As it stands facing the earthly city, St. James Cathedral offers a vision of the heavenly city.  In 1907, when the Cathedral was dedicated, St. James was Seattle's skyline, visible from all parts of the city.  Today, the Cathedral stands in the heart of an ever-growing urban center.  But it still extends an invitation to the city to enter and experience a foretaste of the heavenly city.  The 167-foot towers are a visible reminder of God's presence, and the six bells at the top of the south tower ring out a daily invitation to the entire community to come and see.  As the inscription at the threshold of the Cathedral reminds us, this is domus Dei, porta coeli - house of God, gate of heaven.

I am the vine, you are the branches

The black and gold window on the west facade, which dates from 1950, depicts Christ with words from St. John's Gospel:  "I am the vine, you are the branches."  The imagery is unusual in that Christ is flanked, not by the figures of saints or apostles, but by a fisherman and a lumberjack, representing the major industries of the Pacific Northwest in 1950.  The window is a reminder that the Church must reach out with the love of Christ to the world of which it is a part.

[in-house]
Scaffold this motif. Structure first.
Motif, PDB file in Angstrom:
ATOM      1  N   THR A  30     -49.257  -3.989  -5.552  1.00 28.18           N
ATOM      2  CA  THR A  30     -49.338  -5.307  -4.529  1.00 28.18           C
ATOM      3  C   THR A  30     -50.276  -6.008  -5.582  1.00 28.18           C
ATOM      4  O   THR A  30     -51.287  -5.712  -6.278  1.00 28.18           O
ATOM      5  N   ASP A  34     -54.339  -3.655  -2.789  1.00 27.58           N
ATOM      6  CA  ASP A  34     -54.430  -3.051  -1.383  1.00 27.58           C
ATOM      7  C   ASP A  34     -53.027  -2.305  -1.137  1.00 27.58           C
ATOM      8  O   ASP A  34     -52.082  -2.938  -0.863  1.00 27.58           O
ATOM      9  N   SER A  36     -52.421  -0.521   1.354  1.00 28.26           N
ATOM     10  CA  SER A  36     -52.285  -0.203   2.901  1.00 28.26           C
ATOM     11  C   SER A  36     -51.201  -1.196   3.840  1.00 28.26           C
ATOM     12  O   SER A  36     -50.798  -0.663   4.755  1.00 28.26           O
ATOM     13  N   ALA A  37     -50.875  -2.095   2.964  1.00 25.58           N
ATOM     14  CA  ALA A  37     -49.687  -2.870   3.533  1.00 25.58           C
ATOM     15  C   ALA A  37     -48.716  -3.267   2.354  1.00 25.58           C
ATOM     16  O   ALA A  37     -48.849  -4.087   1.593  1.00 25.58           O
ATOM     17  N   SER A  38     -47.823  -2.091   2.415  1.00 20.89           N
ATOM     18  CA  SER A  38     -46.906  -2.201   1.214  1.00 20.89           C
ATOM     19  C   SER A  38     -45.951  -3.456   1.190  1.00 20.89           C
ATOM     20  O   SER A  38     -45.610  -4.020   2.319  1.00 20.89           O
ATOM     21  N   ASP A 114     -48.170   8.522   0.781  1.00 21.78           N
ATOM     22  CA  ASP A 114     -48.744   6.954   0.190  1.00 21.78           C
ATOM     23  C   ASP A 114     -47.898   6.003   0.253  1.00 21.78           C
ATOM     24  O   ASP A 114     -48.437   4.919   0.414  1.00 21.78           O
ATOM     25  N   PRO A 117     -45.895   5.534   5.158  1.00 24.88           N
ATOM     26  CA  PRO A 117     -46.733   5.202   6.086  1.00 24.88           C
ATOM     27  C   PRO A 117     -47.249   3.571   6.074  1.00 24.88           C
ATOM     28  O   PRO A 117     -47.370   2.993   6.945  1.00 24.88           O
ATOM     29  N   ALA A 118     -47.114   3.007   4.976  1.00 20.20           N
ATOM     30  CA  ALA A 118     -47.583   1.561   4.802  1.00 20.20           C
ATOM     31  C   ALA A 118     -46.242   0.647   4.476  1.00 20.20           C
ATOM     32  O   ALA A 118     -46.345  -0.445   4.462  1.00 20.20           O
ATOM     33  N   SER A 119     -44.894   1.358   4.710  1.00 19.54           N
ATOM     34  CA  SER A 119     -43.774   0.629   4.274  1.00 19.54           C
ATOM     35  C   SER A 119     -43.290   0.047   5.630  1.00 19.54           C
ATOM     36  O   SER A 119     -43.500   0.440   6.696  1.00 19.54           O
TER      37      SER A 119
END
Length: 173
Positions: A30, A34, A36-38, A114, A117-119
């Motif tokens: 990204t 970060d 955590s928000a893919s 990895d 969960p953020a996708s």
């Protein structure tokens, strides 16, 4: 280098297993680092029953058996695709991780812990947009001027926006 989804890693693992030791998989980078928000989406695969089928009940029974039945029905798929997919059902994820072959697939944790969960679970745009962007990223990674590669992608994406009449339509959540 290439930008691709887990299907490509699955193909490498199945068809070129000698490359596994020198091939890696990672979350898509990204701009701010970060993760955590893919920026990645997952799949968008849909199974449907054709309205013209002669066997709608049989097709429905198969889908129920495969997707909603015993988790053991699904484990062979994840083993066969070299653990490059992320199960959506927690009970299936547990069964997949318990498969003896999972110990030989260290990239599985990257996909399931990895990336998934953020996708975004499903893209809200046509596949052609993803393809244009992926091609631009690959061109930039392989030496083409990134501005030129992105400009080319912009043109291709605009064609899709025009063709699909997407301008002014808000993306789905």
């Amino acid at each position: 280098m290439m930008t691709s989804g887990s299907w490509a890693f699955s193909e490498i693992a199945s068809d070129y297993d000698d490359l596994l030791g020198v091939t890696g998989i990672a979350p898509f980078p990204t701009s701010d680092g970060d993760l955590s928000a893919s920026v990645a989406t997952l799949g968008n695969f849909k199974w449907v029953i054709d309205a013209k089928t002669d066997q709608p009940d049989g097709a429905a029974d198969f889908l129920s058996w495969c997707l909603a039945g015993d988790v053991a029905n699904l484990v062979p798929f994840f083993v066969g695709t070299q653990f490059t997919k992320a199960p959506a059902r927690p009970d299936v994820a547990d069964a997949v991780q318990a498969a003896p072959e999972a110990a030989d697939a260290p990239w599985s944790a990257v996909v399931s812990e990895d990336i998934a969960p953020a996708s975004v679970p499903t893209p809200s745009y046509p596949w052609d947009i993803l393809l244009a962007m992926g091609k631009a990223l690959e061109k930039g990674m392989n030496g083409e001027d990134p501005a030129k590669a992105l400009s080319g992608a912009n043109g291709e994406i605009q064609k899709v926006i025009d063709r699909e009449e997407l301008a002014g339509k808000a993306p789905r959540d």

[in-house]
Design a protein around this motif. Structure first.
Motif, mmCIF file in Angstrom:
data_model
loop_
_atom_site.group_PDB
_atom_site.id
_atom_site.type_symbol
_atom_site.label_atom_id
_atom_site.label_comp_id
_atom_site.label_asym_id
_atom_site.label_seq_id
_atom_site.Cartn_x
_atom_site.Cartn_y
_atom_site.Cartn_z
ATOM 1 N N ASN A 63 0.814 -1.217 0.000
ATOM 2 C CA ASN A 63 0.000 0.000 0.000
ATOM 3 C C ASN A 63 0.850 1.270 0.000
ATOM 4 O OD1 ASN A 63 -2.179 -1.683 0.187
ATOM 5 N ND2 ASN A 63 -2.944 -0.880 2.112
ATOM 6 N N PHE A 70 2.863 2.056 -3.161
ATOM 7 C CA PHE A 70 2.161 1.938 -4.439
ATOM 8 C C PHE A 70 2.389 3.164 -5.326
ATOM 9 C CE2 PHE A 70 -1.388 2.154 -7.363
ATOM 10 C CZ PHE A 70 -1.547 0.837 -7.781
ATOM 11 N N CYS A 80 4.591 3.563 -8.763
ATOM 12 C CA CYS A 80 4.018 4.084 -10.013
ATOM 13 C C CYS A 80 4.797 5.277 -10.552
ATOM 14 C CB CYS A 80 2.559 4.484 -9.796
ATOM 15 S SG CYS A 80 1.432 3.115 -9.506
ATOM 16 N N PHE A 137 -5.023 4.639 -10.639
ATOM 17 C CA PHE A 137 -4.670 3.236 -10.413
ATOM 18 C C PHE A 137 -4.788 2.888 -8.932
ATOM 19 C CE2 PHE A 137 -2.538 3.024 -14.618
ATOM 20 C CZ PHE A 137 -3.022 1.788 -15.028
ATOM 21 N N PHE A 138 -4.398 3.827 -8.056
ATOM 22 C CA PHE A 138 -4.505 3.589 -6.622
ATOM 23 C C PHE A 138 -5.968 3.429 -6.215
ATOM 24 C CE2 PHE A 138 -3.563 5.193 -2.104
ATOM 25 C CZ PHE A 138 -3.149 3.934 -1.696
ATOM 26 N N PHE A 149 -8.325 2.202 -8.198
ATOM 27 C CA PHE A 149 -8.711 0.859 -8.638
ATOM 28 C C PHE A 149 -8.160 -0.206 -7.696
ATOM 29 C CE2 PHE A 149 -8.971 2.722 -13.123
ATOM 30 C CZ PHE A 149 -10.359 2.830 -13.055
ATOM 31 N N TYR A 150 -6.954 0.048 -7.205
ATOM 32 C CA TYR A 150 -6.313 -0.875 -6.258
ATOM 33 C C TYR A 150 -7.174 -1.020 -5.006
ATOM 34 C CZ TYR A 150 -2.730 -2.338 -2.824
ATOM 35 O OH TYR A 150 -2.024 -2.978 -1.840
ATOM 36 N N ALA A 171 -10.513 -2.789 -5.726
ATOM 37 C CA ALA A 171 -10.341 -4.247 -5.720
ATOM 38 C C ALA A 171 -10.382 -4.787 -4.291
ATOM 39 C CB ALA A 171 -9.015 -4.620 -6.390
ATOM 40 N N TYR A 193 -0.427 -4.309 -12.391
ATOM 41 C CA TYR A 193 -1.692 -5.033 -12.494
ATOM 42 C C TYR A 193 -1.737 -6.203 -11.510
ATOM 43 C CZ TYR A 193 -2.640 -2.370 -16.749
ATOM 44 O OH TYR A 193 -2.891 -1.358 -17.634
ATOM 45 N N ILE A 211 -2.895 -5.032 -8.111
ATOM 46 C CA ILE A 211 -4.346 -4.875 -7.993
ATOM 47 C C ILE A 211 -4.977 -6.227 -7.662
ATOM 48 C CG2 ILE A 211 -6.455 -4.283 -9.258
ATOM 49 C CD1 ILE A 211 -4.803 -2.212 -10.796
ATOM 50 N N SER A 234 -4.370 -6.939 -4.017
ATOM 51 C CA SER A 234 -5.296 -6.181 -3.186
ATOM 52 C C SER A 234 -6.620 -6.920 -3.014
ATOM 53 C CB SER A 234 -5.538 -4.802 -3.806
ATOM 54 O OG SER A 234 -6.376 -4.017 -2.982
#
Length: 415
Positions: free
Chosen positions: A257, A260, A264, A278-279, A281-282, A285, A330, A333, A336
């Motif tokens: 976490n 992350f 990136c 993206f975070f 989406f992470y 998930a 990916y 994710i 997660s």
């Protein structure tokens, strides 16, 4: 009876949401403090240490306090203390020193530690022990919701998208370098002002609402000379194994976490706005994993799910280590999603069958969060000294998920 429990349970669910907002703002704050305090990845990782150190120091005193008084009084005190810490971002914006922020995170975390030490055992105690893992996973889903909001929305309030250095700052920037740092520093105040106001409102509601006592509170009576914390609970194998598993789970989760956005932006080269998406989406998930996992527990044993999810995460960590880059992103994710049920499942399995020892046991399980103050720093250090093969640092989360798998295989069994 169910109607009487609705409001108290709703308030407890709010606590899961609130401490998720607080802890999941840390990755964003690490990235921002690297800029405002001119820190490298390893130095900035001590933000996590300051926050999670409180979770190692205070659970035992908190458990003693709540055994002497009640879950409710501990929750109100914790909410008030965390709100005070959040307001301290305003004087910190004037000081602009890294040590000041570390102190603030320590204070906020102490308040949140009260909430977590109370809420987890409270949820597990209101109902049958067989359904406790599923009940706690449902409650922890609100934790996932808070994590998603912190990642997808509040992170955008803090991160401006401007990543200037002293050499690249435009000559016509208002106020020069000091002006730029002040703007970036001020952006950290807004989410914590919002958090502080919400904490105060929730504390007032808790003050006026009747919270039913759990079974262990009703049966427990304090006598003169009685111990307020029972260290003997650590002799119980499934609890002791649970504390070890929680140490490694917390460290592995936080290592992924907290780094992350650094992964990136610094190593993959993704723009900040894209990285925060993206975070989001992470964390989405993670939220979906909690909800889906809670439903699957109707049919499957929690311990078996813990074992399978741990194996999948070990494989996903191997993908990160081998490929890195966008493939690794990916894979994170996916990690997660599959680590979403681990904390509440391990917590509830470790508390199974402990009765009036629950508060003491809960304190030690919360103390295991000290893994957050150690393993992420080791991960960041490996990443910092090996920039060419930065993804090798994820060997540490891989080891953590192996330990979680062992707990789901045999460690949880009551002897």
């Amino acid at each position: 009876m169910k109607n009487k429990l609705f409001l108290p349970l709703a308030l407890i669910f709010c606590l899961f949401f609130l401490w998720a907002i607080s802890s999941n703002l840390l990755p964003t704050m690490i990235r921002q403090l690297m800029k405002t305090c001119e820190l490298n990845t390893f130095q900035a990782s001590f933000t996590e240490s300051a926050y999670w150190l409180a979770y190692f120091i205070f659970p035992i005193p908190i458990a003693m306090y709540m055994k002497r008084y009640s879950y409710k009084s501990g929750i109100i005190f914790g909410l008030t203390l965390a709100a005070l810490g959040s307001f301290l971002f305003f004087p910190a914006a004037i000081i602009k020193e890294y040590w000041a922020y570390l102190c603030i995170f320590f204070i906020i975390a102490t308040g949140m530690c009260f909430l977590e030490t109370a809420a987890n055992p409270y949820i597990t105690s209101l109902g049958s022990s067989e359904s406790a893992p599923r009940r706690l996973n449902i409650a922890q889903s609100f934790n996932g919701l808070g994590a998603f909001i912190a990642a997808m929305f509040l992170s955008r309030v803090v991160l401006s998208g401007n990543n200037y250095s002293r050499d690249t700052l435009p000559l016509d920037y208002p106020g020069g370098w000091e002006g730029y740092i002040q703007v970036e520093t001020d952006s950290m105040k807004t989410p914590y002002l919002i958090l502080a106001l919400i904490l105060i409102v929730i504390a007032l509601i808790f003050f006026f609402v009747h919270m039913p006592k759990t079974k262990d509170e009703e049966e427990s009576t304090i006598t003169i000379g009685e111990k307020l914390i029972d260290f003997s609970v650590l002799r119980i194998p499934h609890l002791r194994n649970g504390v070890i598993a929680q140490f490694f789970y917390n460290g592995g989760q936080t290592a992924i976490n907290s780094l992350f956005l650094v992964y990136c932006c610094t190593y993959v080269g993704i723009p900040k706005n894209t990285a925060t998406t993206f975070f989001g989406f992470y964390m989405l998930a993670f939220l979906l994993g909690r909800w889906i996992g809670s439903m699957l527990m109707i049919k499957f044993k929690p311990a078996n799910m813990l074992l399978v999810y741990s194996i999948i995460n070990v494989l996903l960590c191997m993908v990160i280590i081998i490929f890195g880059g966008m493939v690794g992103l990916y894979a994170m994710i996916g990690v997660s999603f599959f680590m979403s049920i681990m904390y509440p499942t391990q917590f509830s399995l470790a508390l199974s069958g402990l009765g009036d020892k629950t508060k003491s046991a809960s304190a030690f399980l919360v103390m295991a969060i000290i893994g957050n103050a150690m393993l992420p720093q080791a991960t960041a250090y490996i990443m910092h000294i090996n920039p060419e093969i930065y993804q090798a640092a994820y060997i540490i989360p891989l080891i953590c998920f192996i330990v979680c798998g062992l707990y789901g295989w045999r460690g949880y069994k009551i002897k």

St. Frances Xavier CabriniIn three niches on the west facade are limestone statues of saints.  At the top is St. James "the Greater," patron of the Cathedral and of the Archdiocese of Seattle.  Below are images of St. John Vianney (patron saint of parish priests - most of the priests of the Archdiocese of Seattle were ordained in the Cathedral) and of St. Frances Xavier Cabrini.  Mother Cabrini, the first American citizen to be canonized, established schools, hospitals, and orphanages in Seattle, and prayed many times at St. James Cathedral.